Stockfish clones in the AppStore: it's becoming a plague...

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tiger
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Re: Stockfish clones in the AppStore: it's becoming a plague

Post by tiger » Sun May 29, 2011 6:59 pm

Tord Romstad wrote:
tiger wrote:There is a part that talks about copying another developper's work,
Yes. This is how it reads:
Apple's App Store Review Guidelines wrote:If you attempt to cheat the system (for example, by trying to trick the review process, steal data from users, copy another developer's work, or manipulate the ratings) your apps will be removed from the store and you will be expelled from the developer program.
tiger wrote:but I think it's about illegal copying.
You think it is. I think it is not. What they truly meant, only Apple can tell. All I can do is inform Apple about what is happening, and they decide what to do. If your interpretation turns out to be the correct one, it's of course not a problem to me. The existence of commercial copies of Stockfish on the App Store obviously doesn't harm me in any way. It only harms customers and authors of other commercial chess programs on the App Store. If and when someone complains to me about such clones, I can tell them that I have informed Apple, and that they seem to be OK with it.
The fact that you are the author of a GPL program does not give you the right to prevent others from selling it.

By releasing Stockfish under the GPL licence you have given up the right to prevent anyone from selling it.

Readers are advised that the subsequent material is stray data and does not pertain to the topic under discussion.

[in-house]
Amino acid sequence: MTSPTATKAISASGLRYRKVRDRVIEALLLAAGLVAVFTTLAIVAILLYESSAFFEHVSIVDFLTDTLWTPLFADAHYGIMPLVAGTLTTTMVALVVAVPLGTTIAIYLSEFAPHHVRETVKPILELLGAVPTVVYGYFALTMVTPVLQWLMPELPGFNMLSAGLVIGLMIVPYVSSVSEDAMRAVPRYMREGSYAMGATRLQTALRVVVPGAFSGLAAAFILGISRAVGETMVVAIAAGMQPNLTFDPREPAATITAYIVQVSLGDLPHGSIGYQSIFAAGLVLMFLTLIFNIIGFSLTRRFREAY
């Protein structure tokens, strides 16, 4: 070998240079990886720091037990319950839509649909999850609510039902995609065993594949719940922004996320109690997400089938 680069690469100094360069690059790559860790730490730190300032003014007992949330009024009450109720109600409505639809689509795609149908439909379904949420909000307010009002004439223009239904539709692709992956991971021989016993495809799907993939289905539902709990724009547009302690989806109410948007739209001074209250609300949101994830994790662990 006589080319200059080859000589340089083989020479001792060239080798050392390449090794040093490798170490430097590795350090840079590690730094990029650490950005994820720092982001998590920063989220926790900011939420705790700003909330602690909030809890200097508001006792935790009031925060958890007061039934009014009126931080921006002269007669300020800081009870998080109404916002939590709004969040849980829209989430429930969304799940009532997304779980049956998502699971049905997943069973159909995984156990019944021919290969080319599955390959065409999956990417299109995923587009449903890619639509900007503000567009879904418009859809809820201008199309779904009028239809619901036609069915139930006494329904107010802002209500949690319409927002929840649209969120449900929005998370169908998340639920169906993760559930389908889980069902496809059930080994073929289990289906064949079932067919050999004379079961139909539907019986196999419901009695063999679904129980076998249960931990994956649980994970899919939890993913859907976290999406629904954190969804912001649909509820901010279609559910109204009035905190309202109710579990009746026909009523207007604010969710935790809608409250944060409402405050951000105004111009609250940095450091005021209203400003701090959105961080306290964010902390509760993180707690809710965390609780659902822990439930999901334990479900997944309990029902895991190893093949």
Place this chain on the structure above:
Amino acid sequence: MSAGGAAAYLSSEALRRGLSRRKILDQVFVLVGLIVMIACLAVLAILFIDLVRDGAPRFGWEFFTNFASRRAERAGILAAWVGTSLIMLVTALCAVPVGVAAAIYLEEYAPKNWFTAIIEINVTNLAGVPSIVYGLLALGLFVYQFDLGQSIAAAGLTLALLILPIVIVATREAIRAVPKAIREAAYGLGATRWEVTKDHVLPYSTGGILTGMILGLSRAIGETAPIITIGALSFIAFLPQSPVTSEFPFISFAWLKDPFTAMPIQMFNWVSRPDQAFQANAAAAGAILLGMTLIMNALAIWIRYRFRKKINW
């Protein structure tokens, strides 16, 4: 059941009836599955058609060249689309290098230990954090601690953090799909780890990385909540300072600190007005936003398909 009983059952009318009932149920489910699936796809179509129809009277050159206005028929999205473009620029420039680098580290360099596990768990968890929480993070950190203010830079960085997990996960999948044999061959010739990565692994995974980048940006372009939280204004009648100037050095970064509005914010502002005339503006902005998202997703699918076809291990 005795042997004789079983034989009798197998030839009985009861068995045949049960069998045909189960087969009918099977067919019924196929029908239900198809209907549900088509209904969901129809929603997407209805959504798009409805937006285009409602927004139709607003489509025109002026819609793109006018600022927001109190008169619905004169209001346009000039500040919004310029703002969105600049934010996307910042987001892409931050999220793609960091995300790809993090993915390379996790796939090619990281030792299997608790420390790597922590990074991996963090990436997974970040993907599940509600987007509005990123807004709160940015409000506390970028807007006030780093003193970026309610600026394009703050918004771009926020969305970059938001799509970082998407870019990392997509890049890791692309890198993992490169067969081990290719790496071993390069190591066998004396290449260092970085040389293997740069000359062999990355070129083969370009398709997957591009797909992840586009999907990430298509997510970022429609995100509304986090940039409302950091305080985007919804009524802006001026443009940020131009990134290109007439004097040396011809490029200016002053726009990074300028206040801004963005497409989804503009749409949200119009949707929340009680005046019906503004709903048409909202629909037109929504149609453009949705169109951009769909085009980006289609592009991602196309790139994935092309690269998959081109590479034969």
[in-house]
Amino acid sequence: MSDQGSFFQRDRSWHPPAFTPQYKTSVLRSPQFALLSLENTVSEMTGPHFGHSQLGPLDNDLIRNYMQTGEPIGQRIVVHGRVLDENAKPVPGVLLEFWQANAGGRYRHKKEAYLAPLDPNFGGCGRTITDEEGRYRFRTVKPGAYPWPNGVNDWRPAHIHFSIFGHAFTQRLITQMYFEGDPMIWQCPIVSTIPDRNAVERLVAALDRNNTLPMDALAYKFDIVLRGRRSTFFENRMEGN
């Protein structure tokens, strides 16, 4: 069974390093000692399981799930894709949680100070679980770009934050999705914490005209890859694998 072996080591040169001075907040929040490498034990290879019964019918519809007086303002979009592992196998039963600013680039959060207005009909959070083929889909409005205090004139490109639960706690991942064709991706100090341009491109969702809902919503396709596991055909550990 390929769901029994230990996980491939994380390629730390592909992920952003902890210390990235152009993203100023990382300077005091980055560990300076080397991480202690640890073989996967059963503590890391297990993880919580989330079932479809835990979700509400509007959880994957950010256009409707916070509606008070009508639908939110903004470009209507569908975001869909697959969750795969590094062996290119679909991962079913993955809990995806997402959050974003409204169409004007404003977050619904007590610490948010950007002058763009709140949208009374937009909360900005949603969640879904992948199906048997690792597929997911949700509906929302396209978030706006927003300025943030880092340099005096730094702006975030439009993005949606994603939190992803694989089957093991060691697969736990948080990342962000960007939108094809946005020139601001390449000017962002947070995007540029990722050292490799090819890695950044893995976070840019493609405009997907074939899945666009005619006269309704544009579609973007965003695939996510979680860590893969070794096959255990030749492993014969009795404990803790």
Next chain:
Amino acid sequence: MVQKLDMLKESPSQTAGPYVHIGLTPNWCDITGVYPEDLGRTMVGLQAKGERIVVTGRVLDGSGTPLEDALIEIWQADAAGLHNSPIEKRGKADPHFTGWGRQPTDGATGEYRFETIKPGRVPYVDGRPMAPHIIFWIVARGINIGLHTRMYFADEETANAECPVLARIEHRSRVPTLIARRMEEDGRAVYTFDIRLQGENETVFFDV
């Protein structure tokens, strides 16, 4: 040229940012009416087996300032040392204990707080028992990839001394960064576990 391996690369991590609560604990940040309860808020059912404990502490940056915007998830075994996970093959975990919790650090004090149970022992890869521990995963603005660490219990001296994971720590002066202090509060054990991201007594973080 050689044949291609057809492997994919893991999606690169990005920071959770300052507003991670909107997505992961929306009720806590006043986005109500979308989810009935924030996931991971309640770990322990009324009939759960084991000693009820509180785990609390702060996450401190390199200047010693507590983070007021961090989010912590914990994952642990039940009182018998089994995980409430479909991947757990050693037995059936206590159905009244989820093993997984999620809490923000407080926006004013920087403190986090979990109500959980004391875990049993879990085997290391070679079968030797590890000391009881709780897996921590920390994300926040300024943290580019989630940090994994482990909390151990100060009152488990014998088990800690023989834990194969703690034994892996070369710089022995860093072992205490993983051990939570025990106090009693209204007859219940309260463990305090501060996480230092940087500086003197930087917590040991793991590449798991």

Stockfish is not under your control anymore. You cannot dictate what others can do or cannot do with it. If you are not pleased with it, it's too late.
Once again, this isn't about the GPL at all. Nor is it about what I am pleased or not pleased with. It's entirely about Apple's rules. I'm providing Apple with the information they need to decide whether some programs conform to those rules, nothing more and nothing less.

;; Tord

Gian-Carlo has pointed out that the GPL is incompatible with the App Store licensing agreement, so it seems after all that you DO have some control on this.

I would really like to see you taking responsability about the issue.

Instead of hiding behind Apple's rules now, while you were apparently against the practice in an earlier post, please state clearly your stance on the matter.

Is it OK or not, in a general context, to charge for a copy of Stockfish (either the engine alone or the engine and some GUI), without your explicit consent, provided that the seller abides by the GPL terms?

This is not a thoretical question. I'm considering distributing Stockfish and charging for it.


// Christophe

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Re: Stockfish clones in the AppStore: it's becoming a plague

Post by tiger » Sun May 29, 2011 7:00 pm

Tord Romstad wrote:
tiger wrote:What if I release a legal derivative of Stockfish on the App Store and charge $5 for it?